STEVE TAYLOR: So the independent measures designdoes solve some problems, but it may lead us to others.For example, we'll have different participantsdoing the same test.[Independent Measures Design Weaknesses]And even if we allocate them randomly,there's still a chance of participant variablesinfluencing the results.And then there's time and cost implications.We'll need twice as many participants

  • 03:53

    STEVE TAYLOR [continued]: to get the same amount of data.

  • 03:55

    CLAIRE PARSONS: But there's another option we could use,a matched pairs design--matching up participants in key variables such as ageand gender, for example.[Matched Pairs Design] And then we could also do somepretests to try to match them in other ways,like learning abilities and IQ.Then one half of each pair would dothe test in the morning and the other half in the evening.

  • 04:16

    STEVE TAYLOR: [Matched Pairs Design Strengths]So using a matched pairs design, youwouldn't have the practice and order effectsproblem you could get in a repeated measures design,and it would also help control for individual differencesthat you might get in an independent measures design.

  • 04:29

    CLAIRE PARSONS: Controlling for individual differencesin advance doesn't make the effect of subject variablesgo away, but it can dilute their effect.

  • 04:36

    STEVE TAYLOR: [Matched Pairs Design Weaknesses]So in a matched pairs design, individual differencesmay be reduced, but not necessarily eliminated.And not only will we need more participants,but having to match and pretest themmeans we'd need to spend a lot more time with them,so there are time cost implications.

  • 04:54

    CLAIRE PARSONS: So all these experimental designshave their strengths and potential weaknesses.

  • 04:58

    STEVE TAYLOR: And what researchers have to dois work out what design works best for their experiment,and this will give us another wayof evaluating many of the studiesthat we read about in psychology.For example, in the famous Stroop experiments,the speed of identifying the color of the ink the word iswritten varies so much between individualsthat repeated measures is the only possible design that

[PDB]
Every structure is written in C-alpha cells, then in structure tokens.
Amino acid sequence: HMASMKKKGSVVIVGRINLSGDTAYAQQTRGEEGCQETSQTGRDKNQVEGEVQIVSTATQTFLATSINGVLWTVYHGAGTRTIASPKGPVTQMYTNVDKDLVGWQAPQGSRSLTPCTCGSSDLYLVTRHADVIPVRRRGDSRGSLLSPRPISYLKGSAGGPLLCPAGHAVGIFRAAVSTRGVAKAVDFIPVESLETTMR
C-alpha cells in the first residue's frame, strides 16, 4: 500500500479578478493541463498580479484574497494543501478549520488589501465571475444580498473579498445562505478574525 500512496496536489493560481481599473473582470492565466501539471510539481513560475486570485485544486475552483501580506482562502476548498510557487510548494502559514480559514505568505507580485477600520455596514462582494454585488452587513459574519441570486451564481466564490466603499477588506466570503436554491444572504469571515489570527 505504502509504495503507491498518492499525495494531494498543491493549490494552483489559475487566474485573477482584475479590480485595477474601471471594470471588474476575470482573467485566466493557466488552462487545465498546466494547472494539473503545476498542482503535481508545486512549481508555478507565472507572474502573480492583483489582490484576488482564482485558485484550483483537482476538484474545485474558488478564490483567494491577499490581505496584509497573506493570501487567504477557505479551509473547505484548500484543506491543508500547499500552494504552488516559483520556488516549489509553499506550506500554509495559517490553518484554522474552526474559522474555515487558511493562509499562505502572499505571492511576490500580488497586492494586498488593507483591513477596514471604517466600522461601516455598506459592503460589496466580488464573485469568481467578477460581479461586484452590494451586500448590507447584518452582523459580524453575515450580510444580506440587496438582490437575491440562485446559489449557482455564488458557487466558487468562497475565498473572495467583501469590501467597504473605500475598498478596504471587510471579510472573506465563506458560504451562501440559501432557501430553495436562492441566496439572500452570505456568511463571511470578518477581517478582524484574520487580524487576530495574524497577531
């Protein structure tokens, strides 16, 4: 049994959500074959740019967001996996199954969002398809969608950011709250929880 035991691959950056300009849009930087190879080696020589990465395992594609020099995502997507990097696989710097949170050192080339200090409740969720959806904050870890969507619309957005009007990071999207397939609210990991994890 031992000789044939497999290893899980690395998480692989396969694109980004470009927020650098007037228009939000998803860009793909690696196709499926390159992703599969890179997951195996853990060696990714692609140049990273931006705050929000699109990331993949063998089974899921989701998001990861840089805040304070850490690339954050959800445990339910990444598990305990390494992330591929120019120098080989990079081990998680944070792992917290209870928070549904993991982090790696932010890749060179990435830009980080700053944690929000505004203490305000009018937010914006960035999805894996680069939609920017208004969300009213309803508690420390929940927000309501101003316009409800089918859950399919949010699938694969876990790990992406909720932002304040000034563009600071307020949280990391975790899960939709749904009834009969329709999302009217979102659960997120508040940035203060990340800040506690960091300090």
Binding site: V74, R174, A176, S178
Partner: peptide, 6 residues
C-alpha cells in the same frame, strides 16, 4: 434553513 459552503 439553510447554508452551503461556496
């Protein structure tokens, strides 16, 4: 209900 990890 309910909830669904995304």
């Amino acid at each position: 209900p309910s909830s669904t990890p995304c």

• 05:21

    STEVE TAYLOR [continued]: controls for these differences.

  • 05:22

    CLAIRE PARSONS: But Loftus and Palmer's famous experimenton eyewitness memory required different groupsof participants being given slightly differently wordedquestions, so this had to use an independent measures design.

  • 05:34

    STEVE TAYLOR: While Bandura's famous Bobo dollexperiments on aggression used a matched pairs design.Here, children were pretested and gradedfor levels of natural aggression from one to fivein advance of the experiment, and then theywere matched to control for individual differencesin aggression.

  • 05:51

    CLAIRE PARSONS: So what about our experiment?

  • 05:53

    STEVE TAYLOR: Well, in this study like Bandura's, a matchedpairs will probably be the best design becauseof the crucial importance of controllingfor subject variables, especiallydifferences in ability.But remember, all choices have potential limitations.

  • 06:09

    CLAIRE PARSONS: And if you're wondering, as a student, whatmight really be the best time to try and learn new stuff, well,real research has actually been done and foundthat learning seemed better when it was done in the evening.

  • 06:21

    STEVE TAYLOR: Psychologists have shownthat a lot of memory consolidationtakes place when we're asleep, so it seems that you reallycan learn when you're asleep.[MUSIC PLAYING]

Video Info

Series Name: Experimental Research Methods

Publisher: ShortCutstv

Publication Year: 2017

Video Type:Tutorial

Methods: Experimental design, Quasi-experimental designs

Keywords: practices, strategies, and tools

Segment Info

Segment Num.: 1

Persons Discussed:

Events Discussed:

Keywords:

Abstract

Learn about potential strengths and weaknesses of experiments and experimental design.

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Experimental Design

Learn about potential strengths and weaknesses of experiments and experimental design.